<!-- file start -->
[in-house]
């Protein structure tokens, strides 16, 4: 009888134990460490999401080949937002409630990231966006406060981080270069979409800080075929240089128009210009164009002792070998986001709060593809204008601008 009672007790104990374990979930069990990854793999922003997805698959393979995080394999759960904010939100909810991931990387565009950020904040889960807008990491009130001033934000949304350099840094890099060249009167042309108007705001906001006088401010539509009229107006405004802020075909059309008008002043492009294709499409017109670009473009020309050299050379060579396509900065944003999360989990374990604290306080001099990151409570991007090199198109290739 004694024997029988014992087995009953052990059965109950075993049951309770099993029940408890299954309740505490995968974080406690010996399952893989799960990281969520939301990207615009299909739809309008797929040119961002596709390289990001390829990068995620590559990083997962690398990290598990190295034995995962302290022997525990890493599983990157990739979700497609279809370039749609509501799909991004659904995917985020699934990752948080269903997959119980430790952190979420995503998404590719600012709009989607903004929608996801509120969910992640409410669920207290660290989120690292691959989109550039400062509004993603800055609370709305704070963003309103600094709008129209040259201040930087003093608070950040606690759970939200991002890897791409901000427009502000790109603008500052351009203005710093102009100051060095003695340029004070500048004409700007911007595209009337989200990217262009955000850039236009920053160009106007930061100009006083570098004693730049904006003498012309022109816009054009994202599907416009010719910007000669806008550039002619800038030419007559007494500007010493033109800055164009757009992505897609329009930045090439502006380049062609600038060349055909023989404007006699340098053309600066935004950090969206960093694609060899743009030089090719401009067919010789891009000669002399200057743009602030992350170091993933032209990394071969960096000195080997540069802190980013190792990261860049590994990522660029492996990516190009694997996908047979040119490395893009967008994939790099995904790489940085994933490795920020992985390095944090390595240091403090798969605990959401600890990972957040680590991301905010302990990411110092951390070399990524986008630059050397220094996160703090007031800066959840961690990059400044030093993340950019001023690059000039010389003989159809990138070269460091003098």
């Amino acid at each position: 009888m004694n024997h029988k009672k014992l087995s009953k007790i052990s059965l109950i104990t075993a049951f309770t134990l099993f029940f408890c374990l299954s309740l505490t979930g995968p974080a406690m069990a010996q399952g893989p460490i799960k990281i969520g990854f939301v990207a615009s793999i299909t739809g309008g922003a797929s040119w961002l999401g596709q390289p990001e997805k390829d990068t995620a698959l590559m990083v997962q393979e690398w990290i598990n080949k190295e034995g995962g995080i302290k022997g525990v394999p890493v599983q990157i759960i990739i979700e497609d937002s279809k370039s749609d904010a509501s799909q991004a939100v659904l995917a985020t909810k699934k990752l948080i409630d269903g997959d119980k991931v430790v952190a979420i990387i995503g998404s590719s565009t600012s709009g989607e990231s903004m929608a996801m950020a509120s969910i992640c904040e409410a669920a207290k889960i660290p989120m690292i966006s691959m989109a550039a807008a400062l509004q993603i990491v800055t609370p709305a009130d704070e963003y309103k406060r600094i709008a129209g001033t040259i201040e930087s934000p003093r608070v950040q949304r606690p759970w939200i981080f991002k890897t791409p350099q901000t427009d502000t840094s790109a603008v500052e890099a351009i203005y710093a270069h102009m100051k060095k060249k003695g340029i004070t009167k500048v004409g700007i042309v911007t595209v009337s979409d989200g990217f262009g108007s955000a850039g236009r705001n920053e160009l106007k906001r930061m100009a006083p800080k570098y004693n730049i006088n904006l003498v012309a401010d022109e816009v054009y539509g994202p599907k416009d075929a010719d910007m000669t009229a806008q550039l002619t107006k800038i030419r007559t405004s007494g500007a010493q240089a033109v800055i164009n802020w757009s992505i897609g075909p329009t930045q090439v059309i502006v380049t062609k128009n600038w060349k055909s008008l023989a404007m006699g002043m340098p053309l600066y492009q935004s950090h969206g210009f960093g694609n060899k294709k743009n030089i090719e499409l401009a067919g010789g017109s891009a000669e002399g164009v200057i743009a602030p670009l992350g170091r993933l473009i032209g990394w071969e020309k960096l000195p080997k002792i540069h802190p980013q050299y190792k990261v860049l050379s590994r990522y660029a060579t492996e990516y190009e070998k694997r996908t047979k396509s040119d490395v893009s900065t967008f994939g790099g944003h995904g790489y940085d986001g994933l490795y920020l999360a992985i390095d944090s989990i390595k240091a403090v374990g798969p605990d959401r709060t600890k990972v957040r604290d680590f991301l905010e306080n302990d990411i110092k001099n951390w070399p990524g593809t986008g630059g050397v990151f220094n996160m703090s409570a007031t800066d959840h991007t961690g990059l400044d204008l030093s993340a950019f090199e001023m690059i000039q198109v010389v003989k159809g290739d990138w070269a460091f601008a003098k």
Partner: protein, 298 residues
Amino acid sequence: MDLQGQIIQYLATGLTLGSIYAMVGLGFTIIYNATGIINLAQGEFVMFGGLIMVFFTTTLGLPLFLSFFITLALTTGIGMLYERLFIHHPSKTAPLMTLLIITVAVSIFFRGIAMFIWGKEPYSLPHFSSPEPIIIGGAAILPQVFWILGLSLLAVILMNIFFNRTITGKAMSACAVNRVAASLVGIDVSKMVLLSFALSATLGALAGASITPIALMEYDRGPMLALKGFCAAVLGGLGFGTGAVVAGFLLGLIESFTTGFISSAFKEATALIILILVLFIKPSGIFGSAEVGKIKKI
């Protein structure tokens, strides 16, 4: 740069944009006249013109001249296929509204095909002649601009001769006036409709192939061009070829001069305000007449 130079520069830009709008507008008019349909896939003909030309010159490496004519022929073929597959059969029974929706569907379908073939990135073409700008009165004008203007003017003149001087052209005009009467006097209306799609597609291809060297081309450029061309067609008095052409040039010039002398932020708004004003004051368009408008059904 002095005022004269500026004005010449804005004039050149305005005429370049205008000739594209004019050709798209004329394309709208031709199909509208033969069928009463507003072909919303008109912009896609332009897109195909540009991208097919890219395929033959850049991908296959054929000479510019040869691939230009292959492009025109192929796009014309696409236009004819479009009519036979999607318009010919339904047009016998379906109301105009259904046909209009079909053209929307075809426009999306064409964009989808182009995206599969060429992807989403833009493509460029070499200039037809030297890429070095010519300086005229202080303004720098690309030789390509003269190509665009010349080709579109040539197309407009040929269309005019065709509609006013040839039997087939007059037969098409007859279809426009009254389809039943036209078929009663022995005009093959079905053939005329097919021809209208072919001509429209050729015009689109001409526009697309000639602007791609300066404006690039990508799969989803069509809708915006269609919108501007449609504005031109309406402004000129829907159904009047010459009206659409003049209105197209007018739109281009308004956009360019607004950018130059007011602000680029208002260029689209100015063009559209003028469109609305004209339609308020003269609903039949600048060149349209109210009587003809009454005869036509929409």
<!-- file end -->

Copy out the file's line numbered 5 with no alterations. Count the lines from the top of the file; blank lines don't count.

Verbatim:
Amino acid sequence: MDLQGQIIQYLATGLTLGSIYAMVGLGFTIIYNATGIINLAQGEFVMFGGLIMVFFTTTLGLPLFLSFFITLALTTGIGMLYERLFIHHPSKTAPLMTLLIITVAVSIFFRGIAMFIWGKEPYSLPHFSSPEPIIIGGAAILPQVFWILGLSLLAVILMNIFFNRTITGKAMSACAVNRVAASLVGIDVSKMVLLSFALSATLGALAGASITPIALMEYDRGPMLALKGFCAAVLGGLGFGTGAVVAGFLLGLIESFTTGFISSAFKEATALIILILVLFIKPSGIFGSAEVGKIKKI